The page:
In a world where many consider direct criticism a taboo, this to me is a far more valuable lesson, even if it's a far less agreeable and comfortable interpretation. If it seems absolute, that's itself a mistake: life is not a singular hike, measured on a single yardstick. We lead in some areas, and straggle in others. If you find yourself constantly lagging behind, you should find a different hiking group, instead of demanding that everyone else slow down. If you are leading and getting bored, don't be afraid to scout ahead: you'll be happier too.
It's Physics, Jim
There's another lesson buried here, which is worth exploring: why is it that some hikers can effortlessly go up and down winding paths for hours, while others can barely manage to keep up? Simply chalking it up to physical strength or fitness is not enough.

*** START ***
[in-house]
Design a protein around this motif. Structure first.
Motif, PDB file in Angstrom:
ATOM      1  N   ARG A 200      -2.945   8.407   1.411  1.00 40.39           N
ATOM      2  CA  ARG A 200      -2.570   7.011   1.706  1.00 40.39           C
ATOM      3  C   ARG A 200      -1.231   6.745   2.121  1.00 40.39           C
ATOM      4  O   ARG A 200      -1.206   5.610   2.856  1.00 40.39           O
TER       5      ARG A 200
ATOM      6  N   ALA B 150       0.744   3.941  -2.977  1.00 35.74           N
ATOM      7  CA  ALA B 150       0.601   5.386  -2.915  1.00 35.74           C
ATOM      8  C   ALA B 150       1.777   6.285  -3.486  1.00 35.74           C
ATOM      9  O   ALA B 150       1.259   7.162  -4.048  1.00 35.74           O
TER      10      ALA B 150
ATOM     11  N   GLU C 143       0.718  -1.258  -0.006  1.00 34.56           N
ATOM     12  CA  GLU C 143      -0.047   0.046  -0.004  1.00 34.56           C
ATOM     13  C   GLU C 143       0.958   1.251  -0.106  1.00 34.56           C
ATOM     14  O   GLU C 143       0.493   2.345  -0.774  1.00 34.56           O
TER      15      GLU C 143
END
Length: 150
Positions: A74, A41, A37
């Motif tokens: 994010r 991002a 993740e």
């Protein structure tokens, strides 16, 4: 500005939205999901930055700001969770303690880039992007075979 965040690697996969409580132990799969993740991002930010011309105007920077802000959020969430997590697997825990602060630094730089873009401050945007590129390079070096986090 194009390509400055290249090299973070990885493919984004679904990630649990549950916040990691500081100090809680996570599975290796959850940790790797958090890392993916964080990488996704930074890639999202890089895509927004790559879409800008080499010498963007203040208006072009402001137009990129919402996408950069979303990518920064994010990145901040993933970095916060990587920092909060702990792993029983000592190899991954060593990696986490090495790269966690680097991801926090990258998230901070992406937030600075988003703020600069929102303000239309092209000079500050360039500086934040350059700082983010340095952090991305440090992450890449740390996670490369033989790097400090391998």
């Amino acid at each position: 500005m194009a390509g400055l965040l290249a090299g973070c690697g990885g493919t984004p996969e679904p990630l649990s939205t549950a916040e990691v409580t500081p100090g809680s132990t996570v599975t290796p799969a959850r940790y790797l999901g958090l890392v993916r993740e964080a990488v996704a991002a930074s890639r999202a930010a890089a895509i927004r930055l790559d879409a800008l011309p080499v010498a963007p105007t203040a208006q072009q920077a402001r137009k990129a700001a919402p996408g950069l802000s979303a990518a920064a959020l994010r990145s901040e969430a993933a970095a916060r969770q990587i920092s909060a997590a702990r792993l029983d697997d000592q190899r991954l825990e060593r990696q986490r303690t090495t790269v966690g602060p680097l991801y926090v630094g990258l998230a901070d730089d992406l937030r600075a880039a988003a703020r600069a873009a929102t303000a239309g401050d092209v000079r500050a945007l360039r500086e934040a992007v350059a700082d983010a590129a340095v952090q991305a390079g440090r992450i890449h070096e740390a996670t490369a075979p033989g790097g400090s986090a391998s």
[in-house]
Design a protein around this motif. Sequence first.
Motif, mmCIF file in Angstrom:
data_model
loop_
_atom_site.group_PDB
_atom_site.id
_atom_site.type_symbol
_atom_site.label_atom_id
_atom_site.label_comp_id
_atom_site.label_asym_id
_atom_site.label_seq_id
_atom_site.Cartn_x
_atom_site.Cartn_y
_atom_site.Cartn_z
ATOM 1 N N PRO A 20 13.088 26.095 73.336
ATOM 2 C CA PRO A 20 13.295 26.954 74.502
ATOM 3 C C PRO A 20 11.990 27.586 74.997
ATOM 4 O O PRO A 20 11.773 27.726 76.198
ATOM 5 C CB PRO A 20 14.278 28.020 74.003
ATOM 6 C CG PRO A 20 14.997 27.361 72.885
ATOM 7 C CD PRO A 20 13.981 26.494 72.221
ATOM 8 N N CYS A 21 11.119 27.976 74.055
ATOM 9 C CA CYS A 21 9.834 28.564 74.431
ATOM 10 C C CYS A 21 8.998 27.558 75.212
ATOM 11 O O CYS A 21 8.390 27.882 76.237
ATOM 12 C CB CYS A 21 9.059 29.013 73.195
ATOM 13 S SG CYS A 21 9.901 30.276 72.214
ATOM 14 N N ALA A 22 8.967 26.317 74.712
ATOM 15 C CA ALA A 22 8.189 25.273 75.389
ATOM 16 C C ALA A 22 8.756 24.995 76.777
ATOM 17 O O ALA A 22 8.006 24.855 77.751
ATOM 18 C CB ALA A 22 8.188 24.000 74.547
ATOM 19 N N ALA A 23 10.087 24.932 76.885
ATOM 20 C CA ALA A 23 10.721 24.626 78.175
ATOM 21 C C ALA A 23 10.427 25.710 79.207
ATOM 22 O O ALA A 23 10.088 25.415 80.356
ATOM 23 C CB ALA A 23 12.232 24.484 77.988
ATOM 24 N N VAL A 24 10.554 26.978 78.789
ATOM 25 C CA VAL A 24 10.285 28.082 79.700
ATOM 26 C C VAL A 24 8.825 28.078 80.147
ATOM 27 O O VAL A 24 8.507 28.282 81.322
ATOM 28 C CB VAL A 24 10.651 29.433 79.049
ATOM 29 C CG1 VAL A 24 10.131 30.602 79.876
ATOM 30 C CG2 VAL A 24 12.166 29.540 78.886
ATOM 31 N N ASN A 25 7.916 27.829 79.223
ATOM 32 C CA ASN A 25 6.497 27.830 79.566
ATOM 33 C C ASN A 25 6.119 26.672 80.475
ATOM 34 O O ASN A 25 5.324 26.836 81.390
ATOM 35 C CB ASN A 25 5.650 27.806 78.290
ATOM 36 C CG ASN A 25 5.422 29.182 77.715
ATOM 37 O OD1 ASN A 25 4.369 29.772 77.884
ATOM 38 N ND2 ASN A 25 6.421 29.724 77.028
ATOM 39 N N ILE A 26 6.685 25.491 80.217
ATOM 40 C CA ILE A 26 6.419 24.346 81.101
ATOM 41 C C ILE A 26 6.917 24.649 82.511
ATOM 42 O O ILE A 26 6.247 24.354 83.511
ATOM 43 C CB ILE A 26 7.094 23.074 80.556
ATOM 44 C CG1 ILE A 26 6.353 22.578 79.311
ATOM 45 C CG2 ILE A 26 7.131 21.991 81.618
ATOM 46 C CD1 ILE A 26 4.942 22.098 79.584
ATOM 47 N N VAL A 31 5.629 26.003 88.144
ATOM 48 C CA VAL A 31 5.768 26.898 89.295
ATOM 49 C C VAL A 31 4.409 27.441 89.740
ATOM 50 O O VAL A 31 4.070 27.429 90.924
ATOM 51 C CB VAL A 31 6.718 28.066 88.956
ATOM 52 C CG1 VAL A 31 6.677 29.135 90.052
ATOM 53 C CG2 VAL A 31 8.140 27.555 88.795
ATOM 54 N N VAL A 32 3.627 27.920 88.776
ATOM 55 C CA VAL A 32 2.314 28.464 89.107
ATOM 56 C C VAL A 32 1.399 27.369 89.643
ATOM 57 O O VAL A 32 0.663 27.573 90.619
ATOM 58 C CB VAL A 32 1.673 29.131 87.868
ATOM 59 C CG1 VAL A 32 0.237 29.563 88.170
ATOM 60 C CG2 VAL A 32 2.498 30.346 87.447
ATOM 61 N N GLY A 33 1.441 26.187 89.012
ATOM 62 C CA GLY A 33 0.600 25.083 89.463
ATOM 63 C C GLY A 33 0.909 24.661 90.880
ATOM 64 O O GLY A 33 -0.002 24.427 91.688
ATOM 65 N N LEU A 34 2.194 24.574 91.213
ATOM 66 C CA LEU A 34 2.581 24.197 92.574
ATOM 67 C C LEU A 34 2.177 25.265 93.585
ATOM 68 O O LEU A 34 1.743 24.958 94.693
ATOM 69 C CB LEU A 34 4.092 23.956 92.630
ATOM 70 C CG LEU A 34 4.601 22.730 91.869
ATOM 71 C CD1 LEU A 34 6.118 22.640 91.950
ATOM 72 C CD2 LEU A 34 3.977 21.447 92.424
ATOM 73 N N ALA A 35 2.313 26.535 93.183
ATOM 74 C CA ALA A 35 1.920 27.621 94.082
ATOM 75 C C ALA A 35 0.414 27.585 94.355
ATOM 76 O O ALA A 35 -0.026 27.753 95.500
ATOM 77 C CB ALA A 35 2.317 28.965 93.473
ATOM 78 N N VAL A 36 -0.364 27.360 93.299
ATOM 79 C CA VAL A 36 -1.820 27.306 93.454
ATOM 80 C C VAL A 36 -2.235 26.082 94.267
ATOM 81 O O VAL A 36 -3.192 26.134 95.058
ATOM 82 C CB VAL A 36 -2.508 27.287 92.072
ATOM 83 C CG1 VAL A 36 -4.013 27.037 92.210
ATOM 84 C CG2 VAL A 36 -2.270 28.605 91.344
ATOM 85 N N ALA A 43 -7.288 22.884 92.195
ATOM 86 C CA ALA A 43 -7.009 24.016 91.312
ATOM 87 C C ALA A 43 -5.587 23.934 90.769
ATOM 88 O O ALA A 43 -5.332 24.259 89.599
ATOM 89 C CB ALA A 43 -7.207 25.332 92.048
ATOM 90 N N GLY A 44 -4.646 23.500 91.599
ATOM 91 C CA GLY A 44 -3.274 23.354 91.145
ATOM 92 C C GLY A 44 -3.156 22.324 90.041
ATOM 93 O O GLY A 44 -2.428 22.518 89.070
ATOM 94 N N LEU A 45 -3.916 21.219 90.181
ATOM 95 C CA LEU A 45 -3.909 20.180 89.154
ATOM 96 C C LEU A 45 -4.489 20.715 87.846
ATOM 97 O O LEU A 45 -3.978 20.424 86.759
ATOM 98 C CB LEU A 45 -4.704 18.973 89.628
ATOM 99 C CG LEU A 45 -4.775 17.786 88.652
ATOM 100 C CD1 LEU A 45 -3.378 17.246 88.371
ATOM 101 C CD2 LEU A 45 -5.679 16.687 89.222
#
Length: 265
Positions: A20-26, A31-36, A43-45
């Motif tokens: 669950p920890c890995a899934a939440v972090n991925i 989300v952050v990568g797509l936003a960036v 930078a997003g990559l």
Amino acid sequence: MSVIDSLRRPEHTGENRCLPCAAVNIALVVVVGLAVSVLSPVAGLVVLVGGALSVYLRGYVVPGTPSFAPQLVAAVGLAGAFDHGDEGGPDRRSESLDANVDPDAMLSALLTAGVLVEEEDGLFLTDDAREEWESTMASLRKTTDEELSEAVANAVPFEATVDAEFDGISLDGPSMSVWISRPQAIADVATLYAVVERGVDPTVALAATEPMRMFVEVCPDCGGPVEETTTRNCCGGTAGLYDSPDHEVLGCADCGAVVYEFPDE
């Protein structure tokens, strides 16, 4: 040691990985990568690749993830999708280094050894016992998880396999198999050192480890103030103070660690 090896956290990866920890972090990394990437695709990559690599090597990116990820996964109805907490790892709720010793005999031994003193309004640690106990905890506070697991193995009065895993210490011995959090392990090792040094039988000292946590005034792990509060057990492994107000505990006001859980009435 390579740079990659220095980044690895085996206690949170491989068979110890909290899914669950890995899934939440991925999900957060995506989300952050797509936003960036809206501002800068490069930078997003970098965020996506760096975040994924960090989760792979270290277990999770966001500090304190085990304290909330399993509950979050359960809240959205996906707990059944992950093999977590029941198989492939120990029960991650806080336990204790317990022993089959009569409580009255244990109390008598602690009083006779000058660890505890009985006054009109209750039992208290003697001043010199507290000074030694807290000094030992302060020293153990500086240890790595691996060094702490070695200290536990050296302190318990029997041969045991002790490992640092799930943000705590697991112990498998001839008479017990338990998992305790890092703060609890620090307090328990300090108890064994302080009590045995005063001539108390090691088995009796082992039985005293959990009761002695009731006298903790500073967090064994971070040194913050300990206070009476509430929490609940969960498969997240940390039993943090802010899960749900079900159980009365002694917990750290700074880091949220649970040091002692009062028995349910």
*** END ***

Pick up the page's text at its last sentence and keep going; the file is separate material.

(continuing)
Imagine you are asked to move a bunch of heavy items from one place to another. You are given a choice of either a crate or a small wagon, both exactly the same size. I doubt anyone would prefer the crate, because we all understand the physics involved on an intuitive level. When you pull a wagon, you only exert yourself when you're trying to move it; but in order to use the crate, you must first lift it up, and then keep it suspended in the air. Even if you don't move while holding the crate, your arms will get tired.
This means that the effort required to use the wagon depends mainly on the distance and mass you need to move. Whereas the effort required for the crate also involves the amount of time you are holding the crate up. If you move it more slowly, you spend more of your energy simply staying in place. In contrast, the faster you move it, the less energy it wastes, even if it momentarily takes more effort. The next time you carry some heavy groceries into the house, observe your own movements, particularly the last "nudge" to get them onto the kitchen counter, and you will realize you already knew this.